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After the initial interview, approved adopters have the option to visit specific cats or kittens at their foster homes or to come out to one of three different pet stores throughout the county where SOS regularly sets up adoption tables on the weekends: two different PetSmart locations - the Countryside Mall area in Clearwater and at the Gateway Mall in St. Pete, plus Pet Supermarket in South Pasadena. The potential adopter and cat or kitten are given the opportunity to get a feel for each other, and if they hit it off, adopters sign a contract and take home the newest addition to their family. “A lot of these people are alone and that cat is their main companion, and that pleases us when we make people happy like that,” Donna said. There are about 50 volunteers right now, and they always welcome any additional cat lovers who wish to get

involved. “We have a very dedicated group of people who work with us,” Donna said. She credits the organization’s longevity to the dedication of its volunteers, and hopes to see SOS continue to grow. From fostering cats full-time in your home to volunteering at the Cat Haven to helping out here and there with various events, volunteers can choose how much or little time they would like to donate. SOS takes part in many events around town, such as the Shopapalooza Festival in downtown St. Pete, Bark In The Park, Gulfport’s Get Rescued and The International Cat Association Show (TCIA) shows quarterly. A cat mother herself to eight, Donna has been involved with SOS for more than ten years. Having been in animal rescue work since the 1970s, Donna had hoped to find a group compatible with her own views when JULY 2017 /

she learned about SOS. She has been with them ever since, now serving as a board member. If you’d like more information on volunteering with Save Our Strays, or to adopt a cat or kitten of your own, please visit saveourstraysinc.com or call 727-545-1116. Follow them on Facebook at www.facebook. com/saveourstraysinc/.

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Big Brothers Big Sisters By Andy Bragg

My Little Brother Logan and I were matched by Big Brothers Big Sisters (BBBS) in 2012 when Logan was 10 and a few years after I had retired. Logan and two cousins were living with their devoted, beloved grandmother JoAnn when we met. They lost JoAnn three years ago, and Logan has shown great resilience since, through three moves and school changes. He finished his first year of high school recently, and fortunately has lived with a committed, caring foster family for the past two years. BBBS has been a constant in their lives. Logan’s older cousin has been a “Little” for several years, and his younger cousin was just matched with a Big Sister. Foster mother Alice said, “The program has helped the kids form friendships, learn different things and improve their self-esteem.” Through BBBS, Logan and I have attended Rays, Bucs, Lightning and USF Bulls games; bowled with Bucs players, and even met Evan Longoria. Logan has caught passes from Mike Alstott. We’ve sailed, fished and kayaked; worked out, swam and played basketball; and toured the Tampa Police Department. We’ve met with high school ROTC and St. Petersburg College student loan directors to discuss possible future opportunities. We’ve been to children’s and railroad museums, Comic-Con and many IMAX and superhero movies. It has been an inspiration to see how Logan has persevered and even thrived through many challenges. He is on track and committed to finishing high school, and very conscious of the link between a strong education and a rewarding career.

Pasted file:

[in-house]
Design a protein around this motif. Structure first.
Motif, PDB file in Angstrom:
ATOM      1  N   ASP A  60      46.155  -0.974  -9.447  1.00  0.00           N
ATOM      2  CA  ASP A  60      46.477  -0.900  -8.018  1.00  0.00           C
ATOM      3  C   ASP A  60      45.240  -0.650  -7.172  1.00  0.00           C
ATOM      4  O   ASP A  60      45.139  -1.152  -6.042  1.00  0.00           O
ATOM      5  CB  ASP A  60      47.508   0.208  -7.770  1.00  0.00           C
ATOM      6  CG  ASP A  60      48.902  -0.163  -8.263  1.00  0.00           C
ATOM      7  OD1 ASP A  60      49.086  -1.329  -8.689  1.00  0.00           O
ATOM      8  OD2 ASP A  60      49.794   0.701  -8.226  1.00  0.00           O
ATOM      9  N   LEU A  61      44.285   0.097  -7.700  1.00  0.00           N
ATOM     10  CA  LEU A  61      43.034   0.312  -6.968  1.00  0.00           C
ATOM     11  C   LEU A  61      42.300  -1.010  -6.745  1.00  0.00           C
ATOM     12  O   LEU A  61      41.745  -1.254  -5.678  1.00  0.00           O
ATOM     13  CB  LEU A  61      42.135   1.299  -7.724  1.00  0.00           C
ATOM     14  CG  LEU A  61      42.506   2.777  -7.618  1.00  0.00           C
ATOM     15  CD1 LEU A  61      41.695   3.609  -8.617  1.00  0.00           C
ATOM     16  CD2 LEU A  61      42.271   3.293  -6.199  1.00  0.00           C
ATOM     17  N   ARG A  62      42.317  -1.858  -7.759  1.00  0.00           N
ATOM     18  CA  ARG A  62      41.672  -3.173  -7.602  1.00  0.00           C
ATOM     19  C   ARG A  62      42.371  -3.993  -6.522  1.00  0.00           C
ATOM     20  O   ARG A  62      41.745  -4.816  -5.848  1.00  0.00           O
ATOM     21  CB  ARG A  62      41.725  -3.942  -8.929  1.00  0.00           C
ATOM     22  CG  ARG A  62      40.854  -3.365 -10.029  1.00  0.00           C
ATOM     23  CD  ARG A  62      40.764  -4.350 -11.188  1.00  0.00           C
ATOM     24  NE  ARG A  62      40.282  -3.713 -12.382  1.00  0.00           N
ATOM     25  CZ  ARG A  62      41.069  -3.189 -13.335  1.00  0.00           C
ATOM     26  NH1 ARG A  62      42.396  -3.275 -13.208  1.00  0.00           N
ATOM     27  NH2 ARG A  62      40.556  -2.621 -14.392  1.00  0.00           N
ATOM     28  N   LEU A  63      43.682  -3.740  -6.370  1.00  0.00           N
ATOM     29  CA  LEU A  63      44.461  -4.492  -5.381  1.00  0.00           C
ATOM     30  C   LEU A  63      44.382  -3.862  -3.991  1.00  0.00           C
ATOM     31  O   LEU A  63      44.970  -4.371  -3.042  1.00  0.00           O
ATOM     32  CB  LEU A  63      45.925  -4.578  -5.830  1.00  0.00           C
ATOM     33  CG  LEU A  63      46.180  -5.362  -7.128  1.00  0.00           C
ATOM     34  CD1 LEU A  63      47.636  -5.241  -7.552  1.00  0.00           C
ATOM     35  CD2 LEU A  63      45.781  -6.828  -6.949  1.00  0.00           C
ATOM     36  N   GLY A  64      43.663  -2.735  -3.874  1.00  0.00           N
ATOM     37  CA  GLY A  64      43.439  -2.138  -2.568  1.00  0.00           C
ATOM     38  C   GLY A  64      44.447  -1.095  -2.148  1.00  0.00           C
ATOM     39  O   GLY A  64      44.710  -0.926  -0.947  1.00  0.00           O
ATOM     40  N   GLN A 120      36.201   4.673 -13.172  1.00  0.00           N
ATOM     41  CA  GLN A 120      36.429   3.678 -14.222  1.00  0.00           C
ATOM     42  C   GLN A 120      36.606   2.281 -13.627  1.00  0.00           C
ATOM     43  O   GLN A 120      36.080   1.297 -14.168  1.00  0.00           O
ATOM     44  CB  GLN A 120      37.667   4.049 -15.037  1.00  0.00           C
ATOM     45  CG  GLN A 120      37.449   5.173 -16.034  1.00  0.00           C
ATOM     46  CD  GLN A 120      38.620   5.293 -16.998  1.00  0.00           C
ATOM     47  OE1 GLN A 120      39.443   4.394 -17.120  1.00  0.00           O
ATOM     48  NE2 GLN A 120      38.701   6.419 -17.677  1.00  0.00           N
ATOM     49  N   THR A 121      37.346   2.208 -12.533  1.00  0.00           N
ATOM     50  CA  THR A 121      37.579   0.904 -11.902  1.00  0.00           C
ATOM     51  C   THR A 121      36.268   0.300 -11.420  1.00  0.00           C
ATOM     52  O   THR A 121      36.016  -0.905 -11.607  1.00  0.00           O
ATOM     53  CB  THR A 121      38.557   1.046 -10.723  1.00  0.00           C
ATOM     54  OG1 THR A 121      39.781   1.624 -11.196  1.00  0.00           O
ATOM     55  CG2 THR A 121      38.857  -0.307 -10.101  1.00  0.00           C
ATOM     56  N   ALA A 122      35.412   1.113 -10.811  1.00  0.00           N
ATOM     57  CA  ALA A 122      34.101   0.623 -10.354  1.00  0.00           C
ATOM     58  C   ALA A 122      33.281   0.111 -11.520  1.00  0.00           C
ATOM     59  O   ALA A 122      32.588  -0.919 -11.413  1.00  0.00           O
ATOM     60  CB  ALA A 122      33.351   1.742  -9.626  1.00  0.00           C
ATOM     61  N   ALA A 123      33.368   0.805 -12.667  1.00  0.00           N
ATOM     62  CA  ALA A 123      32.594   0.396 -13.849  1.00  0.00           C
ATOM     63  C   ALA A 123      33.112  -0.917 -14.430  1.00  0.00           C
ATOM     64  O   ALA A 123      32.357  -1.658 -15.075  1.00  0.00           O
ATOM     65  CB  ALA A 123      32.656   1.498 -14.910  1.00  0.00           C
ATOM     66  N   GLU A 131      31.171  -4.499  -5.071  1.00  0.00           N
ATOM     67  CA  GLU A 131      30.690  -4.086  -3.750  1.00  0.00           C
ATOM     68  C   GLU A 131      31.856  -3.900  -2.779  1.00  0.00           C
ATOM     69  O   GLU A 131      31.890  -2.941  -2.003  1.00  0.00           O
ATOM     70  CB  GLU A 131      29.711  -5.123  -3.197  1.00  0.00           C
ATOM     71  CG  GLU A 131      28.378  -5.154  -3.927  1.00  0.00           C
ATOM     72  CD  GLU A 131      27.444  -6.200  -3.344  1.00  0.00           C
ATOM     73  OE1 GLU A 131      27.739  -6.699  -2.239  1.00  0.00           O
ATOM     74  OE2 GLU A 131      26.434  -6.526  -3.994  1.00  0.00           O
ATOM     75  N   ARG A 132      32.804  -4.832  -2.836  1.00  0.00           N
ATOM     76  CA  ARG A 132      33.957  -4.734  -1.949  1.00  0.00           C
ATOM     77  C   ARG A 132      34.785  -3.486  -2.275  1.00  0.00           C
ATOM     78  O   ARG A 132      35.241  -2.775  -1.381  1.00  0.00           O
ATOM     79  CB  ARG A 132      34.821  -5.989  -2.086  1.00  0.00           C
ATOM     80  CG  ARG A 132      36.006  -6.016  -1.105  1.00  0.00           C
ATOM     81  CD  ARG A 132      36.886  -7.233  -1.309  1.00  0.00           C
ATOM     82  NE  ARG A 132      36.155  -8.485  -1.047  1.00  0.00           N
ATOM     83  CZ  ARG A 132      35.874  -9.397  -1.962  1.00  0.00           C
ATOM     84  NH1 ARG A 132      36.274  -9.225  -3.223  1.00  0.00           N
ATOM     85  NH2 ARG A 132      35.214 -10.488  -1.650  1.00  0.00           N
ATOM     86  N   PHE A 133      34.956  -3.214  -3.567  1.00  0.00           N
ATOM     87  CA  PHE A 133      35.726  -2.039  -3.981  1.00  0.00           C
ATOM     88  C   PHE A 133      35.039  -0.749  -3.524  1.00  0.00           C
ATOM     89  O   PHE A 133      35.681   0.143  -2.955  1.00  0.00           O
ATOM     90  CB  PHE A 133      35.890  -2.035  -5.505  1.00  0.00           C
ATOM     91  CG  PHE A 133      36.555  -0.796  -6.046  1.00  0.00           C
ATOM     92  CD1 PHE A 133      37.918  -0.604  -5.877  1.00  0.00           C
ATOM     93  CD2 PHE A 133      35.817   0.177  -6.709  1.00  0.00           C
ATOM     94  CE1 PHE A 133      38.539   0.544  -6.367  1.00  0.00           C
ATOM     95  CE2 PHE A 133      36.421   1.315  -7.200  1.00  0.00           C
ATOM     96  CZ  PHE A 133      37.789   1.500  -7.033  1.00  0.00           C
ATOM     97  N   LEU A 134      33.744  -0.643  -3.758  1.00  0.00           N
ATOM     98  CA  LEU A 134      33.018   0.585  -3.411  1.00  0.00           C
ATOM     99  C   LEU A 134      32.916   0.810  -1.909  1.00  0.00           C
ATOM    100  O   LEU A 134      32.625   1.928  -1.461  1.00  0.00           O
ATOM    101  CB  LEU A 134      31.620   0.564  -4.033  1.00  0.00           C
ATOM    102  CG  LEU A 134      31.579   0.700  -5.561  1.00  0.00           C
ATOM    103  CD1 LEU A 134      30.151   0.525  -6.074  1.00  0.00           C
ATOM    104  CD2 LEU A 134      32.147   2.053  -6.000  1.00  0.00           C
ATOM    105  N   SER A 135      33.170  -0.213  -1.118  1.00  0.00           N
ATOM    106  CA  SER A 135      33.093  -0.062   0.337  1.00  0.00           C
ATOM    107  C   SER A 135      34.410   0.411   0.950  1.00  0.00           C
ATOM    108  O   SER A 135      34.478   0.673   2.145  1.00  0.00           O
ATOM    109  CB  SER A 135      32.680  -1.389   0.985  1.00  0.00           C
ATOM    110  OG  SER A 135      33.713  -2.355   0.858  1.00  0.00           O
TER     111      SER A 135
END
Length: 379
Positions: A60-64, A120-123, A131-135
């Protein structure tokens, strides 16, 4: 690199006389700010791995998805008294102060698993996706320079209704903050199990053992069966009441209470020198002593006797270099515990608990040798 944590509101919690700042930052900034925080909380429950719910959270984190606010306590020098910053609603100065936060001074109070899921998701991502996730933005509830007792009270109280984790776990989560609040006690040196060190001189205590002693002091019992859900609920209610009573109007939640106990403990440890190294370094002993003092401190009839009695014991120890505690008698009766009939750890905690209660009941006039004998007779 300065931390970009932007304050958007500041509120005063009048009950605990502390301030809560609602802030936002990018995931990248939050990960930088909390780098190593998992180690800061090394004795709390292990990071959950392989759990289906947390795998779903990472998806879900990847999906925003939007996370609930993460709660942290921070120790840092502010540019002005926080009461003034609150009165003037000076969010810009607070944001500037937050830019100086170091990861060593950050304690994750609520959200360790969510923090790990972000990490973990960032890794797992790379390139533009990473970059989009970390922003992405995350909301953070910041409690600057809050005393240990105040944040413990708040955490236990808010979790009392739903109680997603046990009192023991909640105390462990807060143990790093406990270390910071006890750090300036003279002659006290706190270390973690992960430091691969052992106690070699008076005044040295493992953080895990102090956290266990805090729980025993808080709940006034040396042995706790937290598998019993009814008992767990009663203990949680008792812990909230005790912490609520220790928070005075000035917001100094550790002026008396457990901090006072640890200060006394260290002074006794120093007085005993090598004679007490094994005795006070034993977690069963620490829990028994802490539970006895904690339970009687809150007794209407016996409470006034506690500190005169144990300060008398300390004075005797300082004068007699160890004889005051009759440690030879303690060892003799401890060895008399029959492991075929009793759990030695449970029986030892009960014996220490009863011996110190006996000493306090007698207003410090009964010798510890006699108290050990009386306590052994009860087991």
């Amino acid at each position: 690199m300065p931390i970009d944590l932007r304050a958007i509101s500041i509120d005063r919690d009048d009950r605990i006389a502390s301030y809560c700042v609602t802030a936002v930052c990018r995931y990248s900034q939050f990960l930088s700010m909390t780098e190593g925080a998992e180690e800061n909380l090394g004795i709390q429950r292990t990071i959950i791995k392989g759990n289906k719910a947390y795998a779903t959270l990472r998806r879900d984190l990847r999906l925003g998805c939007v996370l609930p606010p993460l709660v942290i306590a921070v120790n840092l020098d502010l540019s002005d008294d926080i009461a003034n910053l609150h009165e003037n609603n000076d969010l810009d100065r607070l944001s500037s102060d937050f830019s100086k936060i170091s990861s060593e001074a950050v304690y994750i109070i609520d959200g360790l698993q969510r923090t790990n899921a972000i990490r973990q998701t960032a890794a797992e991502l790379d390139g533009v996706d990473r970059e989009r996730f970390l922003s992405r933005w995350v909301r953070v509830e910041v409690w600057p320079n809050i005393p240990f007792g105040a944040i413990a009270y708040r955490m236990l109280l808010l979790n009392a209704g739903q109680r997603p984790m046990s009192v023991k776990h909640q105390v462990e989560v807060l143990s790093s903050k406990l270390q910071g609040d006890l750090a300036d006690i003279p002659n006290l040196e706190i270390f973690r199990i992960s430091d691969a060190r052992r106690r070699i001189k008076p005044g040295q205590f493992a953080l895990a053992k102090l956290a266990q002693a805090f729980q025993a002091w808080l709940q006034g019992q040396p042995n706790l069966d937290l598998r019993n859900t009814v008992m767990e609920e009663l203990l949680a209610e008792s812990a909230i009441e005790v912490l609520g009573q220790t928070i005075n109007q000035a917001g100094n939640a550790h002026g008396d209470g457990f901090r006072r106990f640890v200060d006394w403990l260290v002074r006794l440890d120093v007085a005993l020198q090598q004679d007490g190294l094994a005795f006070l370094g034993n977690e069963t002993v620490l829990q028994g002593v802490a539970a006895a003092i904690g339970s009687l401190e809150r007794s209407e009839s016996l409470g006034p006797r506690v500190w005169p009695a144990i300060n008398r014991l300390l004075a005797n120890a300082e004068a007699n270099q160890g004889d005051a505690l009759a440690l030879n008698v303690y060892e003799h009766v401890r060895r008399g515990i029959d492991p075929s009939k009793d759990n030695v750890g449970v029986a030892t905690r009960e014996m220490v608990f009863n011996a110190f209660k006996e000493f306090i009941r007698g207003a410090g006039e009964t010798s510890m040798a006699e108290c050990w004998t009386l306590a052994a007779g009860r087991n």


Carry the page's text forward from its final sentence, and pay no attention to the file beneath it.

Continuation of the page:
Tampa Bay Rays Right Fielder, Steven Souza Jr. with little Brothers and Sisters. He has completed the driver’s education program and looks forward to finding a part-time job next year at 16. In short, Logan is doing well due to his positive attitude and growing confidence, as well as support from his foster family, relatives and friends, educators, and organizations including BBBS. I see his emphasis on giving rather than receiving at Christmas and birthdays, his concern for animals and his curiosity about his Native American heritage. I’m encouraged by his rejection of bad habits, choice of responsible friends and mature views on school rivalries and dramas. I’ve learned about zombies and Internet memes from Logan. So much has changed since my kids were his age, but the Marvel characters are still going strong. We get together monthly, less frequently now than we did before, with me in St. Pete and Logan in Tampa, and with his many peer activities at age 15. I’m fortunate to remain a sounding board and supporter of Logan’s efforts. Whatever Logan does, I bet he will be helping others. He has already helped me with my retirement goals of trying new things and having a positive impact. Asked what he has liked about the Big Brothers Big Sisters program, Logan said, “It has helped me be a better person.”

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The time commitment to be a “Big” is not heavy at eight hours a month, and BBBS does a wonderful job of planning events offering exercise, learning, entertainment and interactions with other kids. BBBS also provides training and